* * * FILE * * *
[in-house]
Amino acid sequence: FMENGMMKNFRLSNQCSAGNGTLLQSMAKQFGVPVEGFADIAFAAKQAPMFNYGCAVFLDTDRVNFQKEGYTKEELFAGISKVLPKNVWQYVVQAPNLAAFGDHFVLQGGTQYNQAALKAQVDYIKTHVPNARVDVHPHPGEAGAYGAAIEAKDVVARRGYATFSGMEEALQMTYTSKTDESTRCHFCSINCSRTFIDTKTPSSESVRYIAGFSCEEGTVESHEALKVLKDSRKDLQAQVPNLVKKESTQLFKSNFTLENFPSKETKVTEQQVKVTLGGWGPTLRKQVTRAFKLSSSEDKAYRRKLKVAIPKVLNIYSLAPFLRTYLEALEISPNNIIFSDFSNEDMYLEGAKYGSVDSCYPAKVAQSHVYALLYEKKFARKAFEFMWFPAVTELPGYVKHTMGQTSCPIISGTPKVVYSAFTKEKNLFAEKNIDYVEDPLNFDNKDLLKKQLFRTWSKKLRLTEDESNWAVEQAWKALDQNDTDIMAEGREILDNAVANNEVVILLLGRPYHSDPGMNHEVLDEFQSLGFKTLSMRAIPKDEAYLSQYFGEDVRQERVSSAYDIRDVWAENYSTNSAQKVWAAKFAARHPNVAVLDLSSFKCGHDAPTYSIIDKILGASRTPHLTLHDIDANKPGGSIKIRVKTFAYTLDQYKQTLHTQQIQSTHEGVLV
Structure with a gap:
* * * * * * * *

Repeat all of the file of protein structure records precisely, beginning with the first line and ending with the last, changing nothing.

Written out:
[in-house]
Amino acid sequence: FMENGMMKNFRLSNQCSAGNGTLLQSMAKQFGVPVEGFADIAFAAKQAPMFNYGCAVFLDTDRVNFQKEGYTKEELFAGISKVLPKNVWQYVVQAPNLAAFGDHFVLQGGTQYNQAALKAQVDYIKTHVPNARVDVHPHPGEAGAYGAAIEAKDVVARRGYATFSGMEEALQMTYTSKTDESTRCHFCSINCSRTFIDTKTPSSESVRYIAGFSCEEGTVESHEALKVLKDSRKDLQAQVPNLVKKESTQLFKSNFTLENFPSKETKVTEQQVKVTLGGWGPTLRKQVTRAFKLSSSEDKAYRRKLKVAIPKVLNIYSLAPFLRTYLEALEISPNNIIFSDFSNEDMYLEGAKYGSVDSCYPAKVAQSHVYALLYEKKFARKAFEFMWFPAVTELPGYVKHTMGQTSCPIISGTPKVVYSAFTKEKNLFAEKNIDYVEDPLNFDNKDLLKKQLFRTWSKKLRLTEDESNWAVEQAWKALDQNDTDIMAEGREILDNAVANNEVVILLLGRPYHSDPGMNHEVLDEFQSLGFKTLSMRAIPKDEAYLSQYFGEDVRQERVSSAYDIRDVWAENYSTNSAQKVWAAKFAARHPNVAVLDLSSFKCGHDAPTYSIIDKILGASRTPHLTLHDIDANKPGGSIKIRVKTFAYTLDQYKQTLHTQQIQSTHEGVLV
Structure with a gap: